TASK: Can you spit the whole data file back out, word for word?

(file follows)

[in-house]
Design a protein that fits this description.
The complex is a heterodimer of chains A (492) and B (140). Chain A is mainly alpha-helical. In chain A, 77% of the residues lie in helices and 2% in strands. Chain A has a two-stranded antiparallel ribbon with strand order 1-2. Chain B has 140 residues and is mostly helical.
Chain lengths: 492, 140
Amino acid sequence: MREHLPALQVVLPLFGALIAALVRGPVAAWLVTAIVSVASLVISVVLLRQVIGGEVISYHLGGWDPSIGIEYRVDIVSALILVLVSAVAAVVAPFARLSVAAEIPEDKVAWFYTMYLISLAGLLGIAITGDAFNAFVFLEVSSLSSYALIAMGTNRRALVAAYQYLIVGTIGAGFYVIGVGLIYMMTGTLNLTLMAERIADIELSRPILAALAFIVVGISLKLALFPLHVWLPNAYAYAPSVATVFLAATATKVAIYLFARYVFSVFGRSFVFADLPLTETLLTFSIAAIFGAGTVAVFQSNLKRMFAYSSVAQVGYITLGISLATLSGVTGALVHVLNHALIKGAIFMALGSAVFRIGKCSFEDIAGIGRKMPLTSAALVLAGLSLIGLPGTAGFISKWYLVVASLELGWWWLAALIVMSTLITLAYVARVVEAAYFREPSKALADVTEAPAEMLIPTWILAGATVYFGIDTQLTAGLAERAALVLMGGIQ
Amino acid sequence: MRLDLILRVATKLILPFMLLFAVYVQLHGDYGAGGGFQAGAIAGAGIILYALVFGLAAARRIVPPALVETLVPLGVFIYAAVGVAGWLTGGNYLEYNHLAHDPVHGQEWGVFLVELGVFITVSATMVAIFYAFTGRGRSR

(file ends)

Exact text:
[in-house]
Design a protein that fits this description.
The complex is a heterodimer of chains A (492) and B (140). Chain A is mainly alpha-helical. In chain A, 77% of the residues lie in helices and 2% in strands. Chain A has a two-stranded antiparallel ribbon with strand order 1-2. Chain B has 140 residues and is mostly helical.
Chain lengths: 492, 140
Amino acid sequence: MREHLPALQVVLPLFGALIAALVRGPVAAWLVTAIVSVASLVISVVLLRQVIGGEVISYHLGGWDPSIGIEYRVDIVSALILVLVSAVAAVVAPFARLSVAAEIPEDKVAWFYTMYLISLAGLLGIAITGDAFNAFVFLEVSSLSSYALIAMGTNRRALVAAYQYLIVGTIGAGFYVIGVGLIYMMTGTLNLTLMAERIADIELSRPILAALAFIVVGISLKLALFPLHVWLPNAYAYAPSVATVFLAATATKVAIYLFARYVFSVFGRSFVFADLPLTETLLTFSIAAIFGAGTVAVFQSNLKRMFAYSSVAQVGYITLGISLATLSGVTGALVHVLNHALIKGAIFMALGSAVFRIGKCSFEDIAGIGRKMPLTSAALVLAGLSLIGLPGTAGFISKWYLVVASLELGWWWLAALIVMSTLITLAYVARVVEAAYFREPSKALADVTEAPAEMLIPTWILAGATVYFGIDTQLTAGLAERAALVLMGGIQ
Amino acid sequence: MRLDLILRVATKLILPFMLLFAVYVQLHGDYGAGGGFQAGAIAGAGIILYALVFGLAAARRIVPPALVETLVPLGVFIYAAVGVAGWLTGGNYLEYNHLAHDPVHGQEWGVFLVELGVFITVSATMVAIFYAFTGRGRSR